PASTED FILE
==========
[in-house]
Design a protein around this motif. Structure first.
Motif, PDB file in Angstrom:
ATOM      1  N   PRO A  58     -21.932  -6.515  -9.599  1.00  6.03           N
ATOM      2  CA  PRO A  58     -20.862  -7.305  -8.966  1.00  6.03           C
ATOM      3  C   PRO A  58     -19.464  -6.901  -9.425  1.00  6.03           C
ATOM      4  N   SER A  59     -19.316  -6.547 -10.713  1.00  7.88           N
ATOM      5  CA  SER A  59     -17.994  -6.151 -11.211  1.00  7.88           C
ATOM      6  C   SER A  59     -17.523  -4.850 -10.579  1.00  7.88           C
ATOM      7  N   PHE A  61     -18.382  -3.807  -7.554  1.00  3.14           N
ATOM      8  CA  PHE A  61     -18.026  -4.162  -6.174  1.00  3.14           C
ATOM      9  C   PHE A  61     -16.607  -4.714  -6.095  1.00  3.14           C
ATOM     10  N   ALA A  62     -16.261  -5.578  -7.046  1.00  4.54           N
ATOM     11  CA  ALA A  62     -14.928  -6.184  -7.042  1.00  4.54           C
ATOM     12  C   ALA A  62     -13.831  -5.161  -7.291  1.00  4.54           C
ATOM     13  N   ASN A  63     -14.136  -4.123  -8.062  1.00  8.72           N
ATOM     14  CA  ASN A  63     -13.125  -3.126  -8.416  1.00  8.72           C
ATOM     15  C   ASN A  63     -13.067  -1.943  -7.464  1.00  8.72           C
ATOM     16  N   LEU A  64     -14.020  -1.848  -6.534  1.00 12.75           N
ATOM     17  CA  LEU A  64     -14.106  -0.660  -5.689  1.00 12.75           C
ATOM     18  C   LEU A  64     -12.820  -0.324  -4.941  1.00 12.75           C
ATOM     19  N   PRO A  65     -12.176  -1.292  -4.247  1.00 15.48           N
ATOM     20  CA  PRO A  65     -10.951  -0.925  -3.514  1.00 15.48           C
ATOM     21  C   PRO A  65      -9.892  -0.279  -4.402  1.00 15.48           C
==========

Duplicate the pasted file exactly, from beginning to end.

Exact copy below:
[in-house]
Design a protein around this motif. Structure first.
Motif, PDB file in Angstrom:
ATOM      1  N   PRO A  58     -21.932  -6.515  -9.599  1.00  6.03           N
ATOM      2  CA  PRO A  58     -20.862  -7.305  -8.966  1.00  6.03           C
ATOM      3  C   PRO A  58     -19.464  -6.901  -9.425  1.00  6.03           C
ATOM      4  N   SER A  59     -19.316  -6.547 -10.713  1.00  7.88           N
ATOM      5  CA  SER A  59     -17.994  -6.151 -11.211  1.00  7.88           C
ATOM      6  C   SER A  59     -17.523  -4.850 -10.579  1.00  7.88           C
ATOM      7  N   PHE A  61     -18.382  -3.807  -7.554  1.00  3.14           N
ATOM      8  CA  PHE A  61     -18.026  -4.162  -6.174  1.00  3.14           C
ATOM      9  C   PHE A  61     -16.607  -4.714  -6.095  1.00  3.14           C
ATOM     10  N   ALA A  62     -16.261  -5.578  -7.046  1.00  4.54           N
ATOM     11  CA  ALA A  62     -14.928  -6.184  -7.042  1.00  4.54           C
ATOM     12  C   ALA A  62     -13.831  -5.161  -7.291  1.00  4.54           C
ATOM     13  N   ASN A  63     -14.136  -4.123  -8.062  1.00  8.72           N
ATOM     14  CA  ASN A  63     -13.125  -3.126  -8.416  1.00  8.72           C
ATOM     15  C   ASN A  63     -13.067  -1.943  -7.464  1.00  8.72           C
ATOM     16  N   LEU A  64     -14.020  -1.848  -6.534  1.00 12.75           N
ATOM     17  CA  LEU A  64     -14.106  -0.660  -5.689  1.00 12.75           C
ATOM     18  C   LEU A  64     -12.820  -0.324  -4.941  1.00 12.75           C
ATOM     19  N   PRO A  65     -12.176  -1.292  -4.247  1.00 15.48           N
ATOM     20  CA  PRO A  65     -10.951  -0.925  -3.514  1.00 15.48           C
ATOM     21  C   PRO A  65      -9.892  -0.279  -4.402  1.00 15.48           C